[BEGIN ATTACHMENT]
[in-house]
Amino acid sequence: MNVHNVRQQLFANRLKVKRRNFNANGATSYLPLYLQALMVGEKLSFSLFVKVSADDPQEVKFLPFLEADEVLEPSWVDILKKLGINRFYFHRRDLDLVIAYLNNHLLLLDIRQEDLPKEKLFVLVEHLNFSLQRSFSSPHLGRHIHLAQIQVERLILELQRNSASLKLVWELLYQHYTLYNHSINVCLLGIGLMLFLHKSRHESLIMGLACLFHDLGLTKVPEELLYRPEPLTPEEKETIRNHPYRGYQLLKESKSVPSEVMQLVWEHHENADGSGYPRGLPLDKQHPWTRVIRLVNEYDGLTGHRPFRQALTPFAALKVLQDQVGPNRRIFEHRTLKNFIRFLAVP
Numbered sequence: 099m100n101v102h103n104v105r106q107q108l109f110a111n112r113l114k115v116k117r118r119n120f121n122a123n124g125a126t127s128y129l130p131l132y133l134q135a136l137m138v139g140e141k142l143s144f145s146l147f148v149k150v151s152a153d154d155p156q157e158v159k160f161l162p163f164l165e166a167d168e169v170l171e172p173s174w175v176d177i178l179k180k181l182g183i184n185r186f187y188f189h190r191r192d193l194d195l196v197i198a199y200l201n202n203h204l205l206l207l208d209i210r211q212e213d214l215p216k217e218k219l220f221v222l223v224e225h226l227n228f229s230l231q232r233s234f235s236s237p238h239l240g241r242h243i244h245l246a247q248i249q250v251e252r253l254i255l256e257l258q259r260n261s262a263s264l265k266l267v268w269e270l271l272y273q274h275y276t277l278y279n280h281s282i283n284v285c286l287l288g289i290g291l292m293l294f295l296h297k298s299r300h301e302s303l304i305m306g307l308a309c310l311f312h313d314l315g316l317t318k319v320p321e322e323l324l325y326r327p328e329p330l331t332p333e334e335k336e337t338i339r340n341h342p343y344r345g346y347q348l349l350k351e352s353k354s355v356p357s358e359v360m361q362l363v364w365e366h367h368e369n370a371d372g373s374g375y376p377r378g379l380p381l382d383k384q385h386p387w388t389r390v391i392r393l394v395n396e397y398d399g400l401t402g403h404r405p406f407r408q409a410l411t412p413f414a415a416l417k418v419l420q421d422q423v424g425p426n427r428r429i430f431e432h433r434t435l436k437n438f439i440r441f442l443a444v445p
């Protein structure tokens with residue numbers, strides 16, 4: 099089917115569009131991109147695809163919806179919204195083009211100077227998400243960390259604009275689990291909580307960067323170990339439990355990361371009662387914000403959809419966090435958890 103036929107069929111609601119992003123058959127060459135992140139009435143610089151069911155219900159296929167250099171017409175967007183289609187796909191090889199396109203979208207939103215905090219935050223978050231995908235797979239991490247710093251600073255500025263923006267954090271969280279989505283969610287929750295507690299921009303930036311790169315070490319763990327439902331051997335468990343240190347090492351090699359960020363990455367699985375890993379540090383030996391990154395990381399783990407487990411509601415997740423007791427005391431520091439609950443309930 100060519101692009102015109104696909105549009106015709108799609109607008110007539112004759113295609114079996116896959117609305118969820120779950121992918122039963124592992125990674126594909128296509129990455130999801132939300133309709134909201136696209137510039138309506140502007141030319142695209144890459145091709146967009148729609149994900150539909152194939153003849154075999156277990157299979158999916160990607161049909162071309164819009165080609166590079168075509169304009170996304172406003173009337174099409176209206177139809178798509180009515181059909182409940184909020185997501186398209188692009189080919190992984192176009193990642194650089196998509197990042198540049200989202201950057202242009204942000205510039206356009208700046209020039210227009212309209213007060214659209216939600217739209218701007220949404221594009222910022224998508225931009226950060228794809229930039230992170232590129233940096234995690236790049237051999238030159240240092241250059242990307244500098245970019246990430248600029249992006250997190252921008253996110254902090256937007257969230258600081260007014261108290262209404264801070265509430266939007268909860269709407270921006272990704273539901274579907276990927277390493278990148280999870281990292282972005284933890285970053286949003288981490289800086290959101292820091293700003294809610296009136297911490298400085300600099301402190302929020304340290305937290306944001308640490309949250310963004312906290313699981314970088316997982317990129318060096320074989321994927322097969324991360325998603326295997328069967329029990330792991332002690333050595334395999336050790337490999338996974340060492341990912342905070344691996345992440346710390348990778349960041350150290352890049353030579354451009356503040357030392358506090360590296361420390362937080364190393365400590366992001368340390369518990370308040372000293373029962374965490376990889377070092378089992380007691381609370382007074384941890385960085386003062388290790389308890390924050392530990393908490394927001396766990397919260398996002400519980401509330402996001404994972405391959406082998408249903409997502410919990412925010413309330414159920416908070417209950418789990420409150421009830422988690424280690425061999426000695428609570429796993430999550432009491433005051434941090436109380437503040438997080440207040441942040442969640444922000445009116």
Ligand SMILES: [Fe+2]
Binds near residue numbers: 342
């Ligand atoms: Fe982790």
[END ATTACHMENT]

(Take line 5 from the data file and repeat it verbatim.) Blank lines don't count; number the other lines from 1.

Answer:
Ligand SMILES: [Fe+2]